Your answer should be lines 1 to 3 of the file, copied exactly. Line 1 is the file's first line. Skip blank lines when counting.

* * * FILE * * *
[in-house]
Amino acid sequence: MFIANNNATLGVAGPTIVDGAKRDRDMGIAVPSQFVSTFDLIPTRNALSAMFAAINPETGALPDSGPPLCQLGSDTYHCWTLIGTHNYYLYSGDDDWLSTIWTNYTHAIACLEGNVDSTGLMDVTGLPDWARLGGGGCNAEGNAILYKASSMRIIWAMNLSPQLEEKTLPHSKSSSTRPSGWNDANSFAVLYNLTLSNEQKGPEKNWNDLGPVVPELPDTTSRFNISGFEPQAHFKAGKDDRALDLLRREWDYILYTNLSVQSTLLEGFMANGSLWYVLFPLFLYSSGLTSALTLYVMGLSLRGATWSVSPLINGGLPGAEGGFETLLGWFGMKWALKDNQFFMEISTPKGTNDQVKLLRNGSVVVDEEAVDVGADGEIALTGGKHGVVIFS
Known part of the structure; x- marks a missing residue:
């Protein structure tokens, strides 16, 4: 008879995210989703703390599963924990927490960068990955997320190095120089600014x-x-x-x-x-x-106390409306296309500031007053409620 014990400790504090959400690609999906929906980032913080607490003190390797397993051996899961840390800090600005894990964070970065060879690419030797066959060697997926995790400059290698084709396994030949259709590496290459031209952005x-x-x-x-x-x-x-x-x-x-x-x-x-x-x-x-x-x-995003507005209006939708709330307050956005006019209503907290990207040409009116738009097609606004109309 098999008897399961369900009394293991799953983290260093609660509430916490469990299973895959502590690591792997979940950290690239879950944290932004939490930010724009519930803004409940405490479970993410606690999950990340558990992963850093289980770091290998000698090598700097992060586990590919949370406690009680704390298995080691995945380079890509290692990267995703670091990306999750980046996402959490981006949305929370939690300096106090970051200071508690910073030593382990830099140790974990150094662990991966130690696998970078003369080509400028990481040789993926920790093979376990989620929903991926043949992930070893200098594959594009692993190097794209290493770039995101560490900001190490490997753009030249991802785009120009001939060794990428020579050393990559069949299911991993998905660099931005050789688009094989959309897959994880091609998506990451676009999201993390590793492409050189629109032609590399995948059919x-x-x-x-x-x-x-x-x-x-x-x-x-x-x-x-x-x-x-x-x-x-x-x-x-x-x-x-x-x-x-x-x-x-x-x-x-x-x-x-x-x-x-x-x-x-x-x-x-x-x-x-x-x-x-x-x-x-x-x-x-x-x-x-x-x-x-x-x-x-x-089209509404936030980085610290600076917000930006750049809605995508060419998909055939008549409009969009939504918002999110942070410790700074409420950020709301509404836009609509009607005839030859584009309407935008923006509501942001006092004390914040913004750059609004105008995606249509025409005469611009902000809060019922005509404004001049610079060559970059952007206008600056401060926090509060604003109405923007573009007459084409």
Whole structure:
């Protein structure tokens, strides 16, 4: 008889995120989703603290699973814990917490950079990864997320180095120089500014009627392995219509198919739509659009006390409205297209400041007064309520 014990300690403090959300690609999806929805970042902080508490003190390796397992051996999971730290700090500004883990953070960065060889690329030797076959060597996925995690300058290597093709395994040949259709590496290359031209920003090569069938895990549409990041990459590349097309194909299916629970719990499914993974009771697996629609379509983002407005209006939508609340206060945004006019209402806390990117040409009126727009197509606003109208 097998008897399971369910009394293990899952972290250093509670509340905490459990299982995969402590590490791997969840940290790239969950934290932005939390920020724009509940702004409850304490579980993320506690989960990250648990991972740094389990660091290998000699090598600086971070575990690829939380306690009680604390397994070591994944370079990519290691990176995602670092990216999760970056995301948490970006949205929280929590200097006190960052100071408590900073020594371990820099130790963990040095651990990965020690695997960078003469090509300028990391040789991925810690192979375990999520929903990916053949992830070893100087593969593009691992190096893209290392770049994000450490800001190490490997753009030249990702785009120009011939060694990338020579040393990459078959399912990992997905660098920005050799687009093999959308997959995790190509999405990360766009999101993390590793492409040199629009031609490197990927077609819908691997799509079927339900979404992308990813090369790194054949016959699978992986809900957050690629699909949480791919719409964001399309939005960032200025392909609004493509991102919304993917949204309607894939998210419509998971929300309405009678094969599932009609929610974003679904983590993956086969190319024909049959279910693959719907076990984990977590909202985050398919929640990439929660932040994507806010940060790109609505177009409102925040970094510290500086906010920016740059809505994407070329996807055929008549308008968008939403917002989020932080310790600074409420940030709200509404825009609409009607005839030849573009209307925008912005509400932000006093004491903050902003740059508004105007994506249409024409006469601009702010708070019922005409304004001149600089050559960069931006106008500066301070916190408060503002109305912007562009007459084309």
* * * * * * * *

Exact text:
[in-house]
Amino acid sequence: MFIANNNATLGVAGPTIVDGAKRDRDMGIAVPSQFVSTFDLIPTRNALSAMFAAINPETGALPDSGPPLCQLGSDTYHCWTLIGTHNYYLYSGDDDWLSTIWTNYTHAIACLEGNVDSTGLMDVTGLPDWARLGGGGCNAEGNAILYKASSMRIIWAMNLSPQLEEKTLPHSKSSSTRPSGWNDANSFAVLYNLTLSNEQKGPEKNWNDLGPVVPELPDTTSRFNISGFEPQAHFKAGKDDRALDLLRREWDYILYTNLSVQSTLLEGFMANGSLWYVLFPLFLYSSGLTSALTLYVMGLSLRGATWSVSPLINGGLPGAEGGFETLLGWFGMKWALKDNQFFMEISTPKGTNDQVKLLRNGSVVVDEEAVDVGADGEIALTGGKHGVVIFS
Known part of the structure; x- marks a missing residue: